I realize that Ruby 1.8.x code can be at best only obfuscated, not
compiled. So obviously created a closed source product with Ruby would
be out of the question. Even a Ruby 2.0 YARV bytecode-compiled product
could be reverse engineered, as is the case with Python offerings. But
just because something is commercial doesn't _necessarily_ mean that
it's closed source, does it?

Now that splitting hairs has run its course, back to our original
programming :-/

Ken Bloom wrote:
> On Wed, 27 Sep 2006 07:37:01 -0700, gregarican wrote:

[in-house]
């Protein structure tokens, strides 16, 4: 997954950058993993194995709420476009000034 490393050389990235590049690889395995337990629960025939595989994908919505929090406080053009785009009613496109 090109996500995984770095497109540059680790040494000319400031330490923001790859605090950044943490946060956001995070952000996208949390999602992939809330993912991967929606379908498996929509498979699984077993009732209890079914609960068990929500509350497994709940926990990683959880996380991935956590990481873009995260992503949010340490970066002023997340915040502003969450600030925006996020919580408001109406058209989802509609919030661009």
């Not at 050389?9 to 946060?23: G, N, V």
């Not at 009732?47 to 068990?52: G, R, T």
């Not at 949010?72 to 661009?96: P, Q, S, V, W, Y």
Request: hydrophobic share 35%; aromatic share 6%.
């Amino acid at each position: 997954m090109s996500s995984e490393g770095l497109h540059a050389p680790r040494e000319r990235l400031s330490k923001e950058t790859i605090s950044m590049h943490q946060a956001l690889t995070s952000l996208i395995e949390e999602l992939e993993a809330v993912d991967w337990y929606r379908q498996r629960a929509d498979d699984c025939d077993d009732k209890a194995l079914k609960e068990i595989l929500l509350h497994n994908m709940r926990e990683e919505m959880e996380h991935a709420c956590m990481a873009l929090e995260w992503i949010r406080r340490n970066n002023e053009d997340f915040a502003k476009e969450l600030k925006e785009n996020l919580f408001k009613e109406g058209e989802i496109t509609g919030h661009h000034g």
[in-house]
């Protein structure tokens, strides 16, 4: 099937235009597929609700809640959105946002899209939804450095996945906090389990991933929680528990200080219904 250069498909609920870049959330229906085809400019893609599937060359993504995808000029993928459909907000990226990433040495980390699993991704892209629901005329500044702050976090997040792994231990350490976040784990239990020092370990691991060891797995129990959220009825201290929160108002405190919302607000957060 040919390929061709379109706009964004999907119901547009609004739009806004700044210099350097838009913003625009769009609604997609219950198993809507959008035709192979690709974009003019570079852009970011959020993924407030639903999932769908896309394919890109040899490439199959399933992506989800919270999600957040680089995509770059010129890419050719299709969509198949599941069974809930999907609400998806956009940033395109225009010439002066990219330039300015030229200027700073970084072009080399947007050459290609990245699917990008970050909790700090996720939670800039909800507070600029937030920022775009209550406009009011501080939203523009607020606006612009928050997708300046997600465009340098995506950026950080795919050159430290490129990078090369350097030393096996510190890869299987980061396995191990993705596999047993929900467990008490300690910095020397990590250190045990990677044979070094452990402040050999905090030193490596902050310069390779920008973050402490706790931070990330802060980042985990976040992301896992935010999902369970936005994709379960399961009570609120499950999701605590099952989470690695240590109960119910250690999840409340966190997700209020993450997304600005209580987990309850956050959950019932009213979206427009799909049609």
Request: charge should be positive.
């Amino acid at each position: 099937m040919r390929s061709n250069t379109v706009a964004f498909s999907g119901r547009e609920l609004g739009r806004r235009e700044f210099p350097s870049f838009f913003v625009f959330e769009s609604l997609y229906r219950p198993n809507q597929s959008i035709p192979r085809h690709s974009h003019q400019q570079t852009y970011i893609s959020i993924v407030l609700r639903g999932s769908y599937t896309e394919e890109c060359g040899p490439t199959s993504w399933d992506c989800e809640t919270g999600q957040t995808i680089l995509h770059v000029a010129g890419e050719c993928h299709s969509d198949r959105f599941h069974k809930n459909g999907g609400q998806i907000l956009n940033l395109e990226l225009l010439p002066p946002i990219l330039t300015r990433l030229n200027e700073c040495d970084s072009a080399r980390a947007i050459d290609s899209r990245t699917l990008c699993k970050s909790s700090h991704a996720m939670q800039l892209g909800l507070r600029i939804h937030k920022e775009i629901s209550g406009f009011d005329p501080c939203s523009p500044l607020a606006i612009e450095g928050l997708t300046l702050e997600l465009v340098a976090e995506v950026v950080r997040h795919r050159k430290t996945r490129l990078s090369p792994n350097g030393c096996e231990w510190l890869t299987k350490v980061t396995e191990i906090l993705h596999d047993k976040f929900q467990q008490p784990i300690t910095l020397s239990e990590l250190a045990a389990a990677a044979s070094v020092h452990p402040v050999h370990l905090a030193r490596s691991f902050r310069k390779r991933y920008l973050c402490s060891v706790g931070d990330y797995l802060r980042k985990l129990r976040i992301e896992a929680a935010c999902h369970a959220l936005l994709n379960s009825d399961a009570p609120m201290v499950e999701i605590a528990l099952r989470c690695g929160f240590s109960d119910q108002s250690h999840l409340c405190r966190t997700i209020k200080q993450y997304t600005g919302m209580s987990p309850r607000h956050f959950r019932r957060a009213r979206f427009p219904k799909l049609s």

> > o - Are licensing terms a concern? Qt isn't totally 100% free, open
> > source software if you are using it for commercial purposes.
>
> You've gotta ask yourself, though: how would you protect a commerical
> investment in an interpreted language that can't even be compiled to
> bytecode?
>
> --
> Ken Bloom. PhD candidate. Linguistic Cognition Laboratory.
> Department of Computer Science. Illinois Institute of Technology.
> http://www.iit.edu/~kbloom1/
> I've added a signing subkey to my GPG key. Please update your keyring.